WHAT IS IT?
Potentiation serves to "prime" the neuromuscular system, increasing force/power generation as well as decreasing psychological inhibition during subsequent bouts. Used correctly, Potentiation Sets (PS) can potentially lead to greater muscle activation, improved performance, and increased muscle growth.
Slowly work up to a weight that is ~110-150% of your target load for volume work (this will depend on %1RM of target load). Perform a single rep at ~7-8RPE with as much power as possible. This should NOT be systemically fatiguing. Then drop back down to your planned load and perform your volume-additive sets.
HOW TO TRACK PROGRESSION?
Counterintuitively, progression should not be the goal on PS. Instead, look to the subsequent work for markers of progress. Volume load increasing over time is a good indication that PS is fulfilling its role.
WHO SHOULD USE IT?
In start contrast to traditional intensity techniques that we’ve covered in previous weeks, PS are more abstract in their effects. This means that even though the mechanisms by which they should work are sound, tangible progress is still not a function of the PS itself but rather the volume work done after (as mentioned above).
Having said that, Advanced athletes who have exhausted other means and are looking for that extra hypertrophic edge will be the best candidates here. The caveat remains that this technique is mostly experimental in the bodybuilding realm and should be approached as such.
Additionally, PS might be particularly useful for those with psychological blocks or anxiety with training. This can occur for a multitude of reasons (that we need not dissect here), but the use of a PS can boost confidence and calm nerves before volume work with near-maximal loads.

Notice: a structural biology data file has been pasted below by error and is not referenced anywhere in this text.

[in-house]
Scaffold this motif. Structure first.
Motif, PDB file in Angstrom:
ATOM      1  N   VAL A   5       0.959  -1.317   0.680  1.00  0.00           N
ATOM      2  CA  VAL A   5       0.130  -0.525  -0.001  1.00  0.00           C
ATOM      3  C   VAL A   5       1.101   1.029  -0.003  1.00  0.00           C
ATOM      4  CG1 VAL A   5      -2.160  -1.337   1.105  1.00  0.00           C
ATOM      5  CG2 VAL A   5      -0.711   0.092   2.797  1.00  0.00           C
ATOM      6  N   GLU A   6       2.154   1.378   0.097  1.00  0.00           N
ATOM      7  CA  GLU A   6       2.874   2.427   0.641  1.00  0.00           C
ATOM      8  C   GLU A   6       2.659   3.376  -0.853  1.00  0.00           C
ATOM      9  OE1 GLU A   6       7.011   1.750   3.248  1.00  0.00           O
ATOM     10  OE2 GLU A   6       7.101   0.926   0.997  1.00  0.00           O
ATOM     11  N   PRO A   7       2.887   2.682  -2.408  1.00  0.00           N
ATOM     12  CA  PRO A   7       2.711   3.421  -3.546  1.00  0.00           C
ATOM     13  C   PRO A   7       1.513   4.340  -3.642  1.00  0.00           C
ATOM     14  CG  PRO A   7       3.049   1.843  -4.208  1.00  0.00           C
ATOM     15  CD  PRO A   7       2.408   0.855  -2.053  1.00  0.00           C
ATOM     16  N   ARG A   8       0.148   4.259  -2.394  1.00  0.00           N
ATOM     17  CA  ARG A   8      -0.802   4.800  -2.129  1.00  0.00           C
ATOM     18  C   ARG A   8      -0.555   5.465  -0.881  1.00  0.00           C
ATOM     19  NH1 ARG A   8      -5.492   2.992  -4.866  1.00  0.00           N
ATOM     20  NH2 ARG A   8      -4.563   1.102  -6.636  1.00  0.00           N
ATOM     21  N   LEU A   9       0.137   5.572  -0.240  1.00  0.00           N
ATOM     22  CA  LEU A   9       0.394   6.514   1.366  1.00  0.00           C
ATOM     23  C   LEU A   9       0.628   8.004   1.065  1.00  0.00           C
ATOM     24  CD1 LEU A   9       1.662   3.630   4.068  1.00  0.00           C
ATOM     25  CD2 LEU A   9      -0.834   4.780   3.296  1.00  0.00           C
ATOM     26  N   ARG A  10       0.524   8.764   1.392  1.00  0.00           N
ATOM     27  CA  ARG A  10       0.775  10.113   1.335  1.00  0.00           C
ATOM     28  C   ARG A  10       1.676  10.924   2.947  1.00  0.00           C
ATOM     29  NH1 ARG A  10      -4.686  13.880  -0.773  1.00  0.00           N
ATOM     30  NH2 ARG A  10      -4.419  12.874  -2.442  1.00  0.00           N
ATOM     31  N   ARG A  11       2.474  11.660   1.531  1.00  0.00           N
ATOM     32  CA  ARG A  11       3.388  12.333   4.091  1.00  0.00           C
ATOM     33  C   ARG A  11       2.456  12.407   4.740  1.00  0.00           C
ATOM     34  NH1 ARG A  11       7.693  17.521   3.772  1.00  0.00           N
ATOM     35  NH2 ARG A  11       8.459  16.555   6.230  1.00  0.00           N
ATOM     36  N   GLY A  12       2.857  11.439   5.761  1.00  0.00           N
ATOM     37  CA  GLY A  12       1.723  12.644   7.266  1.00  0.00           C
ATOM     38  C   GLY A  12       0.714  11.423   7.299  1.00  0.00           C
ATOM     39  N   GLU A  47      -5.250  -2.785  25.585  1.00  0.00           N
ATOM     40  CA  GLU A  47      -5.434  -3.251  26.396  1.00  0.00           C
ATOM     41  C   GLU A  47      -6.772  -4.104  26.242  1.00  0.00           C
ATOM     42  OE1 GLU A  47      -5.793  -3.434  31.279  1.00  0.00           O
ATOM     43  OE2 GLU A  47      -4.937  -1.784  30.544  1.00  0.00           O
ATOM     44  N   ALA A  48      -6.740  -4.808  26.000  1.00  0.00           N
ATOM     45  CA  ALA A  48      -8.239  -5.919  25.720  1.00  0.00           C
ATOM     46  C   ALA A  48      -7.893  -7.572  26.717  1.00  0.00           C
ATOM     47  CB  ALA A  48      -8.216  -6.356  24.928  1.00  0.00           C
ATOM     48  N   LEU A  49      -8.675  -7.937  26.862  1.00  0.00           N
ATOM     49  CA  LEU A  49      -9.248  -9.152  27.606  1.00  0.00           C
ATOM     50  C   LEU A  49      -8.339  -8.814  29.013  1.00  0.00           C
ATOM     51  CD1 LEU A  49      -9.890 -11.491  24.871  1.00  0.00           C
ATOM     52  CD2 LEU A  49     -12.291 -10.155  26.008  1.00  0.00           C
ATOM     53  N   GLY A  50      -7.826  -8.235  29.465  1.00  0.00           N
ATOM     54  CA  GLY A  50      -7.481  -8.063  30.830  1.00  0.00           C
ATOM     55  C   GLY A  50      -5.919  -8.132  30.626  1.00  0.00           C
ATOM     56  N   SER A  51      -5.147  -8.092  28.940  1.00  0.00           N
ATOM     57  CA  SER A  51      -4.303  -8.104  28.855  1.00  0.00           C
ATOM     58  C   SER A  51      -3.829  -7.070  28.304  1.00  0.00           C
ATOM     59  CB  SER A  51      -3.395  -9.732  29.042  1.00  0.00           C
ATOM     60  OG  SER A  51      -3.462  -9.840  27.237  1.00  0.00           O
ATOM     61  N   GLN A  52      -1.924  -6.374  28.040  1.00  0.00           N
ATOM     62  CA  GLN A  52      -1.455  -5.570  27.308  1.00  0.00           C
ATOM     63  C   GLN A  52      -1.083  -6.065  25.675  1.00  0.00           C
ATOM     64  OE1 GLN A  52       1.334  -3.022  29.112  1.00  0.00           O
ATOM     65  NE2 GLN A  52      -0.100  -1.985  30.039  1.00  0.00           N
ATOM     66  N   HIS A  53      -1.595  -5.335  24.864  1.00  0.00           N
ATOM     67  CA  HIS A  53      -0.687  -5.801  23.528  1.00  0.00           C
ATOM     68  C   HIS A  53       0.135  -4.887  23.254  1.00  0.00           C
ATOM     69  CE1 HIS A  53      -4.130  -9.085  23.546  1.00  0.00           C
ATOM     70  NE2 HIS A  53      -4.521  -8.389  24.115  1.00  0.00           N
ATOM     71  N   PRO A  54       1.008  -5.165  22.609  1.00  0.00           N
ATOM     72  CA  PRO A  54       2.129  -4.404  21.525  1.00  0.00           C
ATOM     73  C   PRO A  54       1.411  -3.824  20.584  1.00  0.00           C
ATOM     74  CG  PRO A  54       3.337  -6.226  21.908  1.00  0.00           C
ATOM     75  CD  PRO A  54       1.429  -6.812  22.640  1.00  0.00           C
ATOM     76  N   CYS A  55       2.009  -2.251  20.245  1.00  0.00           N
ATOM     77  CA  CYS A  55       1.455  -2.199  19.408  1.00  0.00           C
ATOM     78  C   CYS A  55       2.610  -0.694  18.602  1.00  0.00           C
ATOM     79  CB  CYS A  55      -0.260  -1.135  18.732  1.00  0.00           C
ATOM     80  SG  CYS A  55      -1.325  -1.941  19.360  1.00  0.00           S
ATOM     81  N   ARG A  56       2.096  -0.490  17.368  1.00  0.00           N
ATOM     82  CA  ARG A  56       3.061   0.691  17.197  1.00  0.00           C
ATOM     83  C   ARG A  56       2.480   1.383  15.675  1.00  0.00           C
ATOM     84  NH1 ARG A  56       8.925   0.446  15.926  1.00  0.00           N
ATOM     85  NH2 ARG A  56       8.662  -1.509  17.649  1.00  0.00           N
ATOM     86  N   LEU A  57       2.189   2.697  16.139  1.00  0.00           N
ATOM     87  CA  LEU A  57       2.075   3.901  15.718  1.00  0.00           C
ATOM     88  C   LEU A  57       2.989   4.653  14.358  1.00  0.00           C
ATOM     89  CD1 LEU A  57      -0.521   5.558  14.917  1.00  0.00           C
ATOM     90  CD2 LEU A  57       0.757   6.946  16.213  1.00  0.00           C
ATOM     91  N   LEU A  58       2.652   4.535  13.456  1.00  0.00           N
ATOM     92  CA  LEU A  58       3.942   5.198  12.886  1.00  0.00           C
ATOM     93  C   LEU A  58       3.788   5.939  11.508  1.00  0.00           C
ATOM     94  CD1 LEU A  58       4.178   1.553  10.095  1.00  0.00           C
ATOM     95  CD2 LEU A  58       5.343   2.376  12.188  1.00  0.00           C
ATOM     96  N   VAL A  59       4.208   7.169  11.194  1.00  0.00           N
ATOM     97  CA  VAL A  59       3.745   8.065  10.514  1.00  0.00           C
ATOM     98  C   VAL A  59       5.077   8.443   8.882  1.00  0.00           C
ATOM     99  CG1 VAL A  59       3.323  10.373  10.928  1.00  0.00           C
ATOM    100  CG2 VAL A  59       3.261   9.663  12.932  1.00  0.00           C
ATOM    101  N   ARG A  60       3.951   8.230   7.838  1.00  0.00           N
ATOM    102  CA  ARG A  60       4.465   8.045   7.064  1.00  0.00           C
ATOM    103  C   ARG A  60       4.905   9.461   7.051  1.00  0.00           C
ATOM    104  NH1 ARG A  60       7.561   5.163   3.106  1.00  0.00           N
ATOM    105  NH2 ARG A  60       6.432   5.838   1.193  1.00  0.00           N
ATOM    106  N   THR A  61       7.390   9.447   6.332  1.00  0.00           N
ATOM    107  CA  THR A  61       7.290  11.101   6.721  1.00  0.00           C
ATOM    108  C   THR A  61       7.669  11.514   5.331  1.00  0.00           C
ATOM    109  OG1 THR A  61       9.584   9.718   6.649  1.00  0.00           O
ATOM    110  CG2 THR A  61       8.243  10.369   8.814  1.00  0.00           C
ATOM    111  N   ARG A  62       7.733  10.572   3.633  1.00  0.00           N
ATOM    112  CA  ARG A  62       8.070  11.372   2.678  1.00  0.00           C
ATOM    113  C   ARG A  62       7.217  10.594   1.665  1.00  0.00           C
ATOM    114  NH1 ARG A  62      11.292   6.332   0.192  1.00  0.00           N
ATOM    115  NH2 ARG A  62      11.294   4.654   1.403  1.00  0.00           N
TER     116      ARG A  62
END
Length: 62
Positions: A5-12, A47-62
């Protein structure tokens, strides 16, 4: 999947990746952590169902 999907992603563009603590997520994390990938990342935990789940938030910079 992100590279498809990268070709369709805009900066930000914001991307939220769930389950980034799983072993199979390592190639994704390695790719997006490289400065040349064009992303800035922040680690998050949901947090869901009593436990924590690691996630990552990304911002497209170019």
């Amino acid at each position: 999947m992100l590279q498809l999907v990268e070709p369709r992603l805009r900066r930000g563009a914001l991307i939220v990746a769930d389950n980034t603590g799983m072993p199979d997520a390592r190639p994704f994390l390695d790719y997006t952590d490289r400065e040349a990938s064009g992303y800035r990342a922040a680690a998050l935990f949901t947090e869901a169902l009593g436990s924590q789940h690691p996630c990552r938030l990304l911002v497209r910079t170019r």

WHO SHOULD NOT USE IT?
It should go without saying that PS are contraindicated in beginners and intermediates.
In the advanced demo, those with fragile technique, inaccurate intensity gauging, poor nervous system recovery, and/or lacking a foundational work capacity should steer clear of PS until these limitations are addressed.
WHEN TO USE IT?
Volume blocks or hybrid phases (i.e. power building or blocks of training that commingle strength/hypertrophy goals) are best suited for PS. Another useful time to consider using PS would be during phases of specific technical work or for strength athletes looking to maintain technical prowess with high absolute loads while shifting to volume.
Due to the mechanisms by which PS work, it’s best to only use the technique with one movement in a single session, preferably the primary exercise that progressive overload is being applied to.
WHEN NOT TO USE IT?
When nervous system recovery is paramount, time is a constraint, absolute intensity is the primary driver of progression (rather than volume), or during periods of intentional fatigue-reduction, PS are contraindicated.
HOW TO USE IT?
The concept of PS is much easier than the correct application.
First, we need an exercise that is bilateral, stable, efficient, and tolerant of high absolute and relative intensities. In most cases, this movement will also be multi-joint and free-weight to increase the neuromuscular “priming” effect. (Note that machines/cables and single-joint variations CAN be used but they’re going to have a dampened systemic output comparatively). Traditional “strength” based movements will be the best candidates for use as well as correlates that mimic them, especially less risky alternatives (e.g. Smith Squat instead of Barbell Squat, Smith Bench Press instead of Barbell Bench Press, etc).